attack of the Killer Comp (when 2005 pricing does not help)

tough to price, if even 2005 is too high
There’s a pretty big Manhattan loft in a Chelsea corner that has been patient at an asking price around $1,100/ft for 3 months, which is just slightly less than the loft sold for in 2005. Ouch. It is a lovely loft, full of mints and proper proper names, with sunlight and tin, plus columns and huge windows. Priced by these sellers under what they paid 4 years ago, you’d think that it is priced where it should generate an offer. (Well, I would think so. And these sellers and at least one experienced agent would think so.)

modesty, not rewarded (if 2005 = modesty)
Indeed, I would generally have said that pricing a loft at or below 2005 prices was a sign of modesty, an effort that should be rewarded. When I first noted the listing (with all the breathless mint discussion) and the 2005 prior sale, I assumed that the renovation had been done after 2005 but it turns out they are not that modest. But still….

My attitude about 2005 is evident from my post on July 22 about two lofts at 29 East 22 Street, one of which sold recently and the other in 2005, 29 East 22 Street closes but is the calendar off?, where I yelped

… #3N … closed one month ago, 16% lower than what #6S got almost 4.5 years ago. YIKES. I can’t think of another loft with an implied loss of value like this since 2005 (assuming that the two lofts are as comparable as they appear to be….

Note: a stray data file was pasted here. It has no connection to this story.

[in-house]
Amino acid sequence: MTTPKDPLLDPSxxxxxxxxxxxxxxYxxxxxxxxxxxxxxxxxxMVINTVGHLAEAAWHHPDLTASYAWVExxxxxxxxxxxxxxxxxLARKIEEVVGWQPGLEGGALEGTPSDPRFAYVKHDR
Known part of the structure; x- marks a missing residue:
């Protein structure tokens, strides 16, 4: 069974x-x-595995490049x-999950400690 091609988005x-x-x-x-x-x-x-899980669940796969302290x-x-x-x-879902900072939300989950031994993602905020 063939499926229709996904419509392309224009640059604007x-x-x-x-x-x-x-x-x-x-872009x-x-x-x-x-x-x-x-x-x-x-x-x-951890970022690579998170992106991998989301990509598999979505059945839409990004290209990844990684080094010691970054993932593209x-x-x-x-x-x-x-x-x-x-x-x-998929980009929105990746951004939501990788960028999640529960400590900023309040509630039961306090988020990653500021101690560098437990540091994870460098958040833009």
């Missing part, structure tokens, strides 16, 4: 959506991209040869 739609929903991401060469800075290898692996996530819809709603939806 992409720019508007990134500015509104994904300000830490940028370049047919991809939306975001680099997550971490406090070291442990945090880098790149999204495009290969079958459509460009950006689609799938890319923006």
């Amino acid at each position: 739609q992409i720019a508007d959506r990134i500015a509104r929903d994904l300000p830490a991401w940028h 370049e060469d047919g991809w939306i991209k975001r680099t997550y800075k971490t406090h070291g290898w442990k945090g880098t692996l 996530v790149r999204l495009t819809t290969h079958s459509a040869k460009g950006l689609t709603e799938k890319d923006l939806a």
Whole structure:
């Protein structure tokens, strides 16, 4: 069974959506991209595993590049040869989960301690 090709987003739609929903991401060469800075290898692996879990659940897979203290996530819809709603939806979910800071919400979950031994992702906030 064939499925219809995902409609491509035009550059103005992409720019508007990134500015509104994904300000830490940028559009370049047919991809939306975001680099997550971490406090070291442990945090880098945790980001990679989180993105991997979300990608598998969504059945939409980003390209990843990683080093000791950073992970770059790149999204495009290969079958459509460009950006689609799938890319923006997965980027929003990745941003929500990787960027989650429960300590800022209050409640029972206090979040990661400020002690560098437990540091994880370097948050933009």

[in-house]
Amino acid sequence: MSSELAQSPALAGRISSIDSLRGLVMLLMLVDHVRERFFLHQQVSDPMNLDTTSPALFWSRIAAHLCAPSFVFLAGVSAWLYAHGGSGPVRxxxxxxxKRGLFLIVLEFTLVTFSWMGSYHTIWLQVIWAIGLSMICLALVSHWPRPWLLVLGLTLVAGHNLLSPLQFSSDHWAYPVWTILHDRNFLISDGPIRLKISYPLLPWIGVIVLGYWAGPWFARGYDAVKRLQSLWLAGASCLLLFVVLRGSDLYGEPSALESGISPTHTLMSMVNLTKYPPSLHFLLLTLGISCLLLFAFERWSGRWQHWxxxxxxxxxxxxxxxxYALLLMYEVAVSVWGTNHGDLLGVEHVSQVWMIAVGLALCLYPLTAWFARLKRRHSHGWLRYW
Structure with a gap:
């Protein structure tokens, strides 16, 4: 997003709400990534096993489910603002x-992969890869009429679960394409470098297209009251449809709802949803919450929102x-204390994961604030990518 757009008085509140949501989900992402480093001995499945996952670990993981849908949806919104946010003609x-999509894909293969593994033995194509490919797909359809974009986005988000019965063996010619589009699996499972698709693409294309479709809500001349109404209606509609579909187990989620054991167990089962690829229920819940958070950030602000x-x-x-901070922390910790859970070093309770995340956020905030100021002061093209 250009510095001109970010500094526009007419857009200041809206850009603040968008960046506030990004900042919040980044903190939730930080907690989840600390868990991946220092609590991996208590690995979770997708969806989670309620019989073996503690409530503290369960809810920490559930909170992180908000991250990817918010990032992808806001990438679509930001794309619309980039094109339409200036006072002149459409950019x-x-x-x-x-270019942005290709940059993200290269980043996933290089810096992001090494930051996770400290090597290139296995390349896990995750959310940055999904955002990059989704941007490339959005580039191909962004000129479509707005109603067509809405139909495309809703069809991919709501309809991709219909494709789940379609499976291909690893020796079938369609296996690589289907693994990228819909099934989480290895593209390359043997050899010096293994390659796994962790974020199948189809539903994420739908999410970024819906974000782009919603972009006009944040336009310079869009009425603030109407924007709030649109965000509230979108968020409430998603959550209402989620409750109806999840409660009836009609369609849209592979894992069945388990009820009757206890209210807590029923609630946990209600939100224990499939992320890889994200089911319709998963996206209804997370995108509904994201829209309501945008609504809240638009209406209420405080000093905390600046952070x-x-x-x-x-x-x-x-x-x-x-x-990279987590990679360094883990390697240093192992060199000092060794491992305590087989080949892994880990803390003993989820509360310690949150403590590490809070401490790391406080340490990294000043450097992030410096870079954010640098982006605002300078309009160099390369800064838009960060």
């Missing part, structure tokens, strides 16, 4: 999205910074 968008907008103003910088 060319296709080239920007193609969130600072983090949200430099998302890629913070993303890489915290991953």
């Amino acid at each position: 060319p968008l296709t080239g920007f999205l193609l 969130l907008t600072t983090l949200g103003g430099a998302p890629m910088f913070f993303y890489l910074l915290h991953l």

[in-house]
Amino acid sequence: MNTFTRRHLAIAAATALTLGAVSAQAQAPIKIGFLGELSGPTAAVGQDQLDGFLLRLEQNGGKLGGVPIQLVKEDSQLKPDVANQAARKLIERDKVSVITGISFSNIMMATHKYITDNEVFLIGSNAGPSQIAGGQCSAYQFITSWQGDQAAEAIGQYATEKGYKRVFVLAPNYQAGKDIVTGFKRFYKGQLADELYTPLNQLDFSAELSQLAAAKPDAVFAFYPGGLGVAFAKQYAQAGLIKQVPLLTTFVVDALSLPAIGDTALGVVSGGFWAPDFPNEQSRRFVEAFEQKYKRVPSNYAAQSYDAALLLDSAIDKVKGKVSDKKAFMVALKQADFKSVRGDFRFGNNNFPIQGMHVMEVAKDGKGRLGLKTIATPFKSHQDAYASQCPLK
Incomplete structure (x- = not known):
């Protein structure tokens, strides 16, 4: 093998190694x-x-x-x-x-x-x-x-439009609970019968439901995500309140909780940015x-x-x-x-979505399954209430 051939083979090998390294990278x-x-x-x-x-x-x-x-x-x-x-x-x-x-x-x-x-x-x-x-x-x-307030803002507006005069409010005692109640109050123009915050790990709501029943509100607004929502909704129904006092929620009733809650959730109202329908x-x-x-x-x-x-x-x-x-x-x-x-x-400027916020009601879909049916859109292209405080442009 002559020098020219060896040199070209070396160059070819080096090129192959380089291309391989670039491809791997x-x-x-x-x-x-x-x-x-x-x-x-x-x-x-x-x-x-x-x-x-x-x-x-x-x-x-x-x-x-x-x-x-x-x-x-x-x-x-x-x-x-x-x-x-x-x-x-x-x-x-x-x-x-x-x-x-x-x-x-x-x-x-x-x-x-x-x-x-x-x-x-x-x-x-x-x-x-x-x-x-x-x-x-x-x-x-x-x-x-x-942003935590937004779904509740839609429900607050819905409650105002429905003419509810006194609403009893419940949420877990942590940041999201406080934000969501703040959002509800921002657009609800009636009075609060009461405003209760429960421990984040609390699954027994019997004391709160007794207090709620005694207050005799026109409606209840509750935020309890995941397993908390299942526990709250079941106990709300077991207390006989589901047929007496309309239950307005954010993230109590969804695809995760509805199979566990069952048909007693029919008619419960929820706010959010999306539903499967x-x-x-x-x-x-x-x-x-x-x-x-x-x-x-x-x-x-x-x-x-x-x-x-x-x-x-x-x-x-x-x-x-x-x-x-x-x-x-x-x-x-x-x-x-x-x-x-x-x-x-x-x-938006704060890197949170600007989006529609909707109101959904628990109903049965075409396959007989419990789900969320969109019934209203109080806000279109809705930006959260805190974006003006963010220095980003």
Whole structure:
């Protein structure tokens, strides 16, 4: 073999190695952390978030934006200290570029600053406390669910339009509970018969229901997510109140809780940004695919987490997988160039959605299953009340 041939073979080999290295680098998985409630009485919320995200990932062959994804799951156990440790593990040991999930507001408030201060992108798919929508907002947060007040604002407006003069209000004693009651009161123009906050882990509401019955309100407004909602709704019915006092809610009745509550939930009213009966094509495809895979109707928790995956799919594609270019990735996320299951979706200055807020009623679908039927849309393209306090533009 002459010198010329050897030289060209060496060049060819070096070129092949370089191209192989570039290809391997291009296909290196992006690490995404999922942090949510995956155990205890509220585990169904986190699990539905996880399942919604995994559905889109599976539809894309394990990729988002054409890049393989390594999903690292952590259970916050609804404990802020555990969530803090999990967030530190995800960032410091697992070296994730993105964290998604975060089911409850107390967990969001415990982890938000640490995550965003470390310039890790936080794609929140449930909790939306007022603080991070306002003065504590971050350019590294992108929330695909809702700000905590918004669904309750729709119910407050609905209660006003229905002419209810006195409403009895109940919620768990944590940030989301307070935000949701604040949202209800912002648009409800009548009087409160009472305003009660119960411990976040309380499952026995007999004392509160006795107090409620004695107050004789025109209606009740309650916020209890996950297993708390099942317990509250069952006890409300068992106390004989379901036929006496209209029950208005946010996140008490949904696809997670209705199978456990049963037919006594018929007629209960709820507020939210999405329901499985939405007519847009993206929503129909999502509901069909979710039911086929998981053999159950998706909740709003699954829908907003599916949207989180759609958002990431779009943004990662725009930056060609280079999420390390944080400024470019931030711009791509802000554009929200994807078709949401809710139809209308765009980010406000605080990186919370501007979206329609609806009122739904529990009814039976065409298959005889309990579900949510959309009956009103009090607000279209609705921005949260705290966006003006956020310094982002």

back to 2005

Turns out that my memory is not that good, as I have hit on on a significant number of recent Manhattan loft sales around 2005 prices (though only one of which took more than the 16% hit at 29 East 22 Street):



Note to self: stop being surprised by 2005 comps.

hate the neighbors?

But I want to make a different point than modesty about the loft that launched me on the trip back to 2005. The most painful thing for these sellers is probably the dread of the impact on their value done by a very recent sale of a loft of the same size that needed a complete make-over. That loft was in contract when this one started to market, after having been on for very long, with large price drops. That buy-and-gut loft closed $500/ft less than the current ask for this oh-so-minty loft in the same building. Granted, there are relatively few buyers for a very large total renovation project in the current (thin) market, but that spread has to be awfully worrisome to the minty sellers. One could probably do a $300/ft renovation in the recent sale, and still have a loft that is comparable at less of an investment than the current minty sellers are asking a buyer to make.

That makes marketing this loft very difficult, despite their pre-2005 pricing. What can you do?

If you believe that the $622/ft buy-and-gut clearing price was the aberration, you make that argument to buyers (if anyone shows up to view) directly and hold your price. (After all, you are still priced below 2005.) If you can afford to sit for a while, you might take it off the market (3 months? more??) to see if The Market re-sets in a way that you can more easily distinguish a May 2009 (possible distress) comp. If you can’t afford to sit, and you can’t attract a bid, maybe you wait until Labor Day (blaming the traditional lack of high-end buyers in summer) but you have to drop your price. Pain ensues, yes, but also (perhaps) a sale. As I said in the March 4 title, it is "painful for sellers to rip the calendar", perhaps "worse than bandages?"

Lovely loft, though. Very minty. And large.


© Sandy Mattingly 2009



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